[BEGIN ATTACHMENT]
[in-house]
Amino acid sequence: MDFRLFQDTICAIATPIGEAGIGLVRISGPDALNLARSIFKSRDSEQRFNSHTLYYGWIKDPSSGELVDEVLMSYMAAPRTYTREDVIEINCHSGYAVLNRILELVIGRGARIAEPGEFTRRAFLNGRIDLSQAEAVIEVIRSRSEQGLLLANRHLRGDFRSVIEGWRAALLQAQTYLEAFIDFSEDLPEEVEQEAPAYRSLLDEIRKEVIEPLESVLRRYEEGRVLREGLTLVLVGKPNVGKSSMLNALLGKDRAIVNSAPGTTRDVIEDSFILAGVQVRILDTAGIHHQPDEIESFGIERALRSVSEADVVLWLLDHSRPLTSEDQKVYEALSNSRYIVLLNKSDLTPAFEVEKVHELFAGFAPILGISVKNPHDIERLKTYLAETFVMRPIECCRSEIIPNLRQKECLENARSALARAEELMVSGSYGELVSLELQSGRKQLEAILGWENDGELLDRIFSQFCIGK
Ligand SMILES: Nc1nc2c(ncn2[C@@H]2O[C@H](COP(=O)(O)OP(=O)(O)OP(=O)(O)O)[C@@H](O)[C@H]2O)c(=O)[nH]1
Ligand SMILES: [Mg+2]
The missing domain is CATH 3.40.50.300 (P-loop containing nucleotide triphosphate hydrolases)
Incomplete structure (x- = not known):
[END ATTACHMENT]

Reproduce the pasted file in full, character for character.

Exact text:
[in-house]
Amino acid sequence: MDFRLFQDTICAIATPIGEAGIGLVRISGPDALNLARSIFKSRDSEQRFNSHTLYYGWIKDPSSGELVDEVLMSYMAAPRTYTREDVIEINCHSGYAVLNRILELVIGRGARIAEPGEFTRRAFLNGRIDLSQAEAVIEVIRSRSEQGLLLANRHLRGDFRSVIEGWRAALLQAQTYLEAFIDFSEDLPEEVEQEAPAYRSLLDEIRKEVIEPLESVLRRYEEGRVLREGLTLVLVGKPNVGKSSMLNALLGKDRAIVNSAPGTTRDVIEDSFILAGVQVRILDTAGIHHQPDEIESFGIERALRSVSEADVVLWLLDHSRPLTSEDQKVYEALSNSRYIVLLNKSDLTPAFEVEKVHELFAGFAPILGISVKNPHDIERLKTYLAETFVMRPIECCRSEIIPNLRQKECLENARSALARAEELMVSGSYGELVSLELQSGRKQLEAILGWENDGELLDRIFSQFCIGK
Ligand SMILES: Nc1nc2c(ncn2[C@@H]2O[C@H](COP(=O)(O)OP(=O)(O)OP(=O)(O)O)[C@@H](O)[C@H]2O)c(=O)[nH]1
Ligand SMILES: [Mg+2]
The missing domain is CATH 3.40.50.300 (P-loop containing nucleotide triphosphate hydrolases)
Incomplete structure (x- = not known):